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diseases may overwhelm available medical services and engender particular concern in the at-risk populations.

  • The potential for synergistic interaction with other diseases: the committee evaluated the possibility of incorporating into the disease burden estimates of the effects of known synergism, such as between diarrheal disease and measles. The committee concluded that current knowledge of these phenomena did not permit reliable quantification of their consequences, but that they should be recognized in the ultimate selection of priorities.

These issues are discussed further in Chapter 8.

Problems in obtaining accurate estimates of disease incidence and difficulties in deciding which IME perspectives to adopt also limit the usefulness of the system. Nevertheless, the system has the potential to be a useful tool for selecting priorities for accelerated vaccine development. Recommendations that might remedy some of the problems are made below.


The system described in this chapter allows quantitative comparison of the morbidity and mortality caused by various diseases. It takes into account specific information about each disease (number of cases, complications, sequelae, deaths) and can accommodate various perspectives on the undesirability of various disease consequences.

To illustrate use of the proposed system, diseases that are candidates for accelerated vaccine development have been ranked according to a median of trade-off perspectives elicited from public health experts in developing countries. The effects of adopting alternative perspectives are also discussed. Considerable uncertainty surrounds some of the estimates of disease burdens because data of the desired reliability are not available.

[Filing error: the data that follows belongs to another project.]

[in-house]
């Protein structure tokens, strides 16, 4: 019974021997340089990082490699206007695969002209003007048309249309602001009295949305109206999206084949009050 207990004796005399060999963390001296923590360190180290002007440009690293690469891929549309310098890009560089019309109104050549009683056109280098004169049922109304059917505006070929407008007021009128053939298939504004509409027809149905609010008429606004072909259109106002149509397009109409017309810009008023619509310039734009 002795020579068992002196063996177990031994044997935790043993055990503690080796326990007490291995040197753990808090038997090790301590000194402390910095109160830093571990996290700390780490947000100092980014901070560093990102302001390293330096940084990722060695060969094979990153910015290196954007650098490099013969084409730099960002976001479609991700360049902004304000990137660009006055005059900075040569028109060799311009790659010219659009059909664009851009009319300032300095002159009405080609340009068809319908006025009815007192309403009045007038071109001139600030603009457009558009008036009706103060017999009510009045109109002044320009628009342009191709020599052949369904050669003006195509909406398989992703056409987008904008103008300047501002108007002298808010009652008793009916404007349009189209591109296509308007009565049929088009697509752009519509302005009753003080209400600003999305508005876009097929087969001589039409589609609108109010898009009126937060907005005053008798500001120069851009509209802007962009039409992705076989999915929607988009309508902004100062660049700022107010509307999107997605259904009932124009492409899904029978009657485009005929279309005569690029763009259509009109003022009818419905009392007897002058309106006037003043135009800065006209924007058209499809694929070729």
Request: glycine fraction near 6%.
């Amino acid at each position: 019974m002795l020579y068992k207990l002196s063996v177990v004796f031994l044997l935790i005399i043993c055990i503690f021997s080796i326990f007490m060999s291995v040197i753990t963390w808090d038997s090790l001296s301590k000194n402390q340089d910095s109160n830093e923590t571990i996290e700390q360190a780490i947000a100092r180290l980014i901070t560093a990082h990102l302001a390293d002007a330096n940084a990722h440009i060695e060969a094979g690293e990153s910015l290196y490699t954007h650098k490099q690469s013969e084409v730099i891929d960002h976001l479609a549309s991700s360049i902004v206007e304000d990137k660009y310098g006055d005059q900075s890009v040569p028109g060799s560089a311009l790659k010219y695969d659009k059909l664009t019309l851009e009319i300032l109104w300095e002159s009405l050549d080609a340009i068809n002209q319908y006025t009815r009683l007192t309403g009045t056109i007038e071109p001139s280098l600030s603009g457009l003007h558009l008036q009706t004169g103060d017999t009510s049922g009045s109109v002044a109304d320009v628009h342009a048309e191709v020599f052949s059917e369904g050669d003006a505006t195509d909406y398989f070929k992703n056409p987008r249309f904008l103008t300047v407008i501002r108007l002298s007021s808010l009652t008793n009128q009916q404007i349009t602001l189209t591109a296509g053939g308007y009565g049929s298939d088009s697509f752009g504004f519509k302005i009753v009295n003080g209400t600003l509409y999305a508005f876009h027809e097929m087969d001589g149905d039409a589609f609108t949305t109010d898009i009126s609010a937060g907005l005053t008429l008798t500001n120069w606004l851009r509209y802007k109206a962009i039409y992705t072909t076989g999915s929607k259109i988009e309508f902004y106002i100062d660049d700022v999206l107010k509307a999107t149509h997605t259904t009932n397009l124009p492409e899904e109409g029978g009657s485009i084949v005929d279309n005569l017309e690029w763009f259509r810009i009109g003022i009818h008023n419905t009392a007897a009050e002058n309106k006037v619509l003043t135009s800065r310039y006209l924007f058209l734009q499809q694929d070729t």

No attempt has been made to calculate the costs of treating diseases in the developing world as a whole because of the many uncertainties involved in such aggregate estimates. However, the committee believes that estimates of total direct costs for certain diseases could be used to help set vaccine priorities in specific countries or regions of the developing world.


The capacity to make rational choices of vaccine development priorities and vaccine formulation would be enhanced by better information on disease incidence and the pathogen serotypes prevalent in particular regions. Therefore, the National Institute of Allergy and Infectious Diseases and other national and international agencies should consider ways to improve the epidemiologic information on infectious diseases.

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